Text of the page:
From 1933–37 pulpsmith extraordinaire Frederick C. Davis chronicled the adventures of the classic pulp hero the Moon Man in the pages of Ten Detective Aces. One of the most unique and compelling characters in the history of the genre, the Moon Man was the Robin Hood of the pulps: He stole from those who profited from the misery of the Depression to help those in need, to balance the scales of justice.
And justice was close to the Moon Man’s heart. For the Moon Man was actually police detective Stephen Thatcher—a dedicated law officer all too familiar with the cracks in the system criminals used to avoid retribution. Donning a black robe and a globe of Argus glass, Thatcher became the Moon Man, a thief who stole from criminals the law could not touch.
Now the Moon Man is hunted by his best friend and partner, reviled by his father and fiancé who all want to see the masked thief pay the ultimate price for his crimes. Stephen Thatcher must walk the razor’s edge of his double life where, every minute, the threat of exposure could shatter his fragile world.
For the first time in decades all 38 of the Moon Man’s exploits have been collected by Altus Press in a seven-volume set. And it includes an all-new introduction by Moon Man expert Andrew Salmon.
- Ghoul’s Gamble: Clayton Kennard was missing, and over the wire came the demand for a hundred grand ransom. Lieutenant Gil McEwen was sure he knew the kidnaper. He promised to send the Moon Man to the chair, promised even while the Moon Man stood at his side in the person of Detective Sergeant Steve Thatcher. Blood stained the floor of a crypt in Sanctuary Cemetery. And beside that blood was the mark of the Moon Man. When McEwen demanded an inspection in the mausoleum murder, Steve Thatcher knew that the dice had been loaded against him in the Ghoul’s Gamble.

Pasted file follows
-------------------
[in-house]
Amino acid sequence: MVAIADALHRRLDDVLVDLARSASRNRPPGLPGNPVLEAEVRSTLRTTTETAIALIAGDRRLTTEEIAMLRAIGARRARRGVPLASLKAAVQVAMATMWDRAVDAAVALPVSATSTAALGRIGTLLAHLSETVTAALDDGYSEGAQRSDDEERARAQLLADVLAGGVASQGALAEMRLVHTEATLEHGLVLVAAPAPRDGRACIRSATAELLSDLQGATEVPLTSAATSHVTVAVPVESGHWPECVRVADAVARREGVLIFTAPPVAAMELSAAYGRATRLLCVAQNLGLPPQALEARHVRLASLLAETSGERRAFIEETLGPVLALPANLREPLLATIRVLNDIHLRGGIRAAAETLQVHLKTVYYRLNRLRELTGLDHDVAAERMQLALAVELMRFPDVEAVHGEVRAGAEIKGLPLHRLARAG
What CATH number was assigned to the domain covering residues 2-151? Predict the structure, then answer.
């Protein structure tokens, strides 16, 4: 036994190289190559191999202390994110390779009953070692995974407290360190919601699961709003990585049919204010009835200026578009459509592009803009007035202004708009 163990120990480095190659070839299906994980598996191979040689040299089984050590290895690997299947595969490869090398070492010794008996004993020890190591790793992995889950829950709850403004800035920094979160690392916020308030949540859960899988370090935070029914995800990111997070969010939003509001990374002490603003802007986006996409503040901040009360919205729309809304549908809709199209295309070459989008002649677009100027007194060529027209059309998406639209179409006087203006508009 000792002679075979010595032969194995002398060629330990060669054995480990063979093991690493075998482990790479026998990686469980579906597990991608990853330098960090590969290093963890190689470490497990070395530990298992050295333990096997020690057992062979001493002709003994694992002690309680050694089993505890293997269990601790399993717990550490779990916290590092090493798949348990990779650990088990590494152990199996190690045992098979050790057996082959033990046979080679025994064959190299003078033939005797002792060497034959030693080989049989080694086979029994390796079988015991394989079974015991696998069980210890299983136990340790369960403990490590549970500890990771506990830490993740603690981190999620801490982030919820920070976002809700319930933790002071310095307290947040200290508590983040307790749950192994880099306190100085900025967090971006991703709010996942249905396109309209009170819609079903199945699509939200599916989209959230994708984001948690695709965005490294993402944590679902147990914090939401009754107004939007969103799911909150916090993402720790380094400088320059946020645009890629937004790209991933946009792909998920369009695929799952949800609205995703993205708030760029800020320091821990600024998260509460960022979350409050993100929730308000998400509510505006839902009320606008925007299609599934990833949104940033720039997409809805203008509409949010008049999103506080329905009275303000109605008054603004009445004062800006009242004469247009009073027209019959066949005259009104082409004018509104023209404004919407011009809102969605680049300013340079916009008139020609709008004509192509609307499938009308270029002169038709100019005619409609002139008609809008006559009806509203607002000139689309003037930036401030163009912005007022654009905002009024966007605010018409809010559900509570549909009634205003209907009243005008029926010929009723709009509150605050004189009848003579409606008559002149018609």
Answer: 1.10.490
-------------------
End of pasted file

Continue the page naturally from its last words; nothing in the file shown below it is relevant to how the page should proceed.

- The Silver Snare: Detectives McEwen and Thatcher had found the absconding cashier’s loot. McEwen was congratulating himself—when the frenzied cry blared out that the Moon Man was in the house. The loot suddenly disappeared. Then Detective McEwen was accused of being the Moon Man. When the evidence piled up and the law clamped down, Steve Thatcher—the Moon Man himself—had to take the deadliest risk of his life, because his friend, McEwen, was caught in the Silver Snare.
- The Crimson Shrine: Only two people knew that the notorious Moon Man was Detective Sergeant Steve Thatcher. One was Ned Dargan, the Moon Man’s ambassador extraordinary. And he had been tricked into snaring the Moon Man in a killer’s death trap. The other who knew was Sue McEwen, daughter of Detective Lieutenant McEwen, and the Moon Man’s sweetheart. And to save him from that death trap, she told her father: “the Moon Man–is Steve Thatcher!”
- Satan’s Stepson: She was a honey of a girl–poisoned honey. She had given the signal for robbery and murder. But those pretty eyes of hers had seen a secret that it was dangerous to know. For she had learned the true identity of the notorious Moon Man. She held the destiny of that enigma of enigmas in the palm of her hand. And the Moon Man was backed to the wall in the shadow of the electric chair.
- The Silver Spectre: Set a crook to catch a crook is the old gag. Detective Lieutenant McEwen had a new one–set a Moon Man to catch a Moon Man. He did. And Steve Thatcher, the real Moon Man, was caught in a murder web where he was forced to work against himself–forced under the gun of the deadliest marksman in all the police department.
The Complete Adventures of the Moon Man, Volume 4: 1935 by Frederick C. Davis contains the following stories:
- “Ghoul’s Gamble”
- “The Silver Snare”
- “The Crimson Shrine”
- “Satan’s Stepson”
- “The Silver Spectre”